0.5 dammit? EXPLAIN SOMETHING, WILL YOU?!!?”
We are getting there, but sadly, we also have to keep these posts brief in this Attention Economy, so go grab a cup of covfefe and relax for a bit until that next question…
¹ If you happen to be on a MacBook Pro from 2016 onwards, an iMac with a Retina 5k display from the latter half of 2015 onwards, an iMac Pro, or any of the many wider gamut Eizos and other displays, your lights are actually a different colour. For now, we will ignore this facet and try to bolt down the foundational concepts.
² Sorry Team USA, the rest of the world is on the metric system. No, really. Here’s a useful map of all of the folks, shown here in red, using that other system…
⁴ If you had the sRGB specification sitting in front of you, you’d open it up to plenty of math and strange terms. Those math and strange terms though, help to describe how the device in question operates. On some level, that includes some absolute metrics and models, one of which we learned above, known as a candela per square meter, or nit. It also describes two formulas for getting to and from sRGB code values. Those functions are typically called transfer functions.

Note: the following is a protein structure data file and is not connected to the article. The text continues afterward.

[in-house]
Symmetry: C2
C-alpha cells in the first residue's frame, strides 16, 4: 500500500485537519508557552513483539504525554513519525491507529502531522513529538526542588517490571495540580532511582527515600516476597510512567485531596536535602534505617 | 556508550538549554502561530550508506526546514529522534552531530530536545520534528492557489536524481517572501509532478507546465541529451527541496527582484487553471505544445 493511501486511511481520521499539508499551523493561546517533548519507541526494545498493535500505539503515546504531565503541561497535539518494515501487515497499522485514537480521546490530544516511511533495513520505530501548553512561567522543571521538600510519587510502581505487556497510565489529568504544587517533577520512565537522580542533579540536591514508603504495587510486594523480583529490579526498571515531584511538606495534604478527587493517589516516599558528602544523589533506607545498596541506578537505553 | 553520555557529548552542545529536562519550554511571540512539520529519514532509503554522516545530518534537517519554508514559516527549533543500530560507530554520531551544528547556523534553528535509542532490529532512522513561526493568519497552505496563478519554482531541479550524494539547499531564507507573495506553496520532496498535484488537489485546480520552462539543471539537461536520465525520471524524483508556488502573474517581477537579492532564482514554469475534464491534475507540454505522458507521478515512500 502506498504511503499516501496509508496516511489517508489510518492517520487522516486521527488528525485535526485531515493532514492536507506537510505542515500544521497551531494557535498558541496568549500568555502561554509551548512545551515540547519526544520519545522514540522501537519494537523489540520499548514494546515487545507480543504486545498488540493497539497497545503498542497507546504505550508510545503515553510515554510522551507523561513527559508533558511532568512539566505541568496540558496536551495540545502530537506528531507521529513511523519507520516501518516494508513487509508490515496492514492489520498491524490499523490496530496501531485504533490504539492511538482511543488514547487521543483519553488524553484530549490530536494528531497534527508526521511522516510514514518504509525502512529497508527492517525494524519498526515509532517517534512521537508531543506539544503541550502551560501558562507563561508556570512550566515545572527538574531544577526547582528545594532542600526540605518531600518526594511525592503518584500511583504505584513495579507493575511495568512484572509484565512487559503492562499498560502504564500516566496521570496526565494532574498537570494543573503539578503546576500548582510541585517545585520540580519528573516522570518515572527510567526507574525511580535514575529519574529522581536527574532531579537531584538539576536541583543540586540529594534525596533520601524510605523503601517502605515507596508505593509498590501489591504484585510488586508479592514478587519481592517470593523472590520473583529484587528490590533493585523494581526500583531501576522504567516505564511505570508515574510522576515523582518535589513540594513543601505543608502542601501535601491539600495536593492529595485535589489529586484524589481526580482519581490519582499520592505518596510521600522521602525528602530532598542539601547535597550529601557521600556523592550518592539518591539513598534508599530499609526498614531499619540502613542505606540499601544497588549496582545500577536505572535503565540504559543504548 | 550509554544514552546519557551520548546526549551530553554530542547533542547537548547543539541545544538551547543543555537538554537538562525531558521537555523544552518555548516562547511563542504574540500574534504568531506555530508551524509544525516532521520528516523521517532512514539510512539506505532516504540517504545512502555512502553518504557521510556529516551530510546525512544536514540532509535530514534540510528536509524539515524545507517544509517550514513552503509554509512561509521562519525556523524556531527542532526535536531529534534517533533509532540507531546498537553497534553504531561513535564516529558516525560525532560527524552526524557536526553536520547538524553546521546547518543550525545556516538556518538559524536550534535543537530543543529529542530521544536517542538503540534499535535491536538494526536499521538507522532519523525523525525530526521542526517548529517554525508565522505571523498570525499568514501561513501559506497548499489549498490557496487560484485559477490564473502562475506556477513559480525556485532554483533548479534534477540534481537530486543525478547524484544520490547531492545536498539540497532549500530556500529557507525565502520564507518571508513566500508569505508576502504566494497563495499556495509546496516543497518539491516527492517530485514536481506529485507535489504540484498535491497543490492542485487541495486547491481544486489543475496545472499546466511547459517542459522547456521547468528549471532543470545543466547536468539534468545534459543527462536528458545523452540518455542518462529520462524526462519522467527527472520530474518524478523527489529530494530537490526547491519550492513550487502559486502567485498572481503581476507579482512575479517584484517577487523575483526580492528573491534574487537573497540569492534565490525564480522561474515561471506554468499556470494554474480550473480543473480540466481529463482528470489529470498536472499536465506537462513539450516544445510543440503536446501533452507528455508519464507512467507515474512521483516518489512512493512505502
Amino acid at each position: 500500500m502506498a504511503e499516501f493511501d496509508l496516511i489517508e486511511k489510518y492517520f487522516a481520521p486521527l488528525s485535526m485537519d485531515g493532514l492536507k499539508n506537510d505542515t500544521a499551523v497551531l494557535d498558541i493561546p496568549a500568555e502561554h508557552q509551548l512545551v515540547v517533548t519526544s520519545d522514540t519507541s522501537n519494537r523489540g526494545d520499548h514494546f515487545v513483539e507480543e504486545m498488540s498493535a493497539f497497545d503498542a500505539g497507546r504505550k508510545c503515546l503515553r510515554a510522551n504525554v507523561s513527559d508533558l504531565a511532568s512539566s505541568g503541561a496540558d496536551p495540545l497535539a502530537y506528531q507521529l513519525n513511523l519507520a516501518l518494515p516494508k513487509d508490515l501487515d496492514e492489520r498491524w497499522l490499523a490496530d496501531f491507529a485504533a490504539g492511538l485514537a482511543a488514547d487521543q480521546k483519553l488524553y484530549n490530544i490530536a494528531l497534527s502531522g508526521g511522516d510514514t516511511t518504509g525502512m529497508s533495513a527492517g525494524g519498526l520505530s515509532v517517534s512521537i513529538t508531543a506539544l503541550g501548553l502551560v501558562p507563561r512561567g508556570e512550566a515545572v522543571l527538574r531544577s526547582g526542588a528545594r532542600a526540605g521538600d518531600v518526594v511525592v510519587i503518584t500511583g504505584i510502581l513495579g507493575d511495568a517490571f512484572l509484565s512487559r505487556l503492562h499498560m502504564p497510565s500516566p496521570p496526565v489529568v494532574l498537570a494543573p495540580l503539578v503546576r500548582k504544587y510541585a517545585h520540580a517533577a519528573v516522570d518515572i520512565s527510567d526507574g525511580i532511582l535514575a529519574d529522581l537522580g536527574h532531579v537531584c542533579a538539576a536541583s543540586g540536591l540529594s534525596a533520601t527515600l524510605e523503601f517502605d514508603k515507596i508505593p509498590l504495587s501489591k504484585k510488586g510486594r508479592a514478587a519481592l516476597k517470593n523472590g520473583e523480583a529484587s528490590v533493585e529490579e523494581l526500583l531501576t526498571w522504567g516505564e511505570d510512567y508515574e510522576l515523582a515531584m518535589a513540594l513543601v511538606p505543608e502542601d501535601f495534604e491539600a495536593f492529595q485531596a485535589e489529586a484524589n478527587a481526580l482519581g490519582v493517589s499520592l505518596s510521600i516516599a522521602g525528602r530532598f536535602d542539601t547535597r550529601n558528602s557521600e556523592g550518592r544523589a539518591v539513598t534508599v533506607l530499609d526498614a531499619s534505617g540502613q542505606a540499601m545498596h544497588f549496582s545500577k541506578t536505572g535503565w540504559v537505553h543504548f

“Aha!” you might say, “That’s GAMMA!!!!111!!!” Well I have some bad news for the you. The actual standard has a little note in it. The little note reads:
1) The term “gamma” is not used in this standard for the reasons discussed in annex A.
If we flip to annex A, we find this extremely wise bit of text:
Ambiguity in the definition of the term “gamma”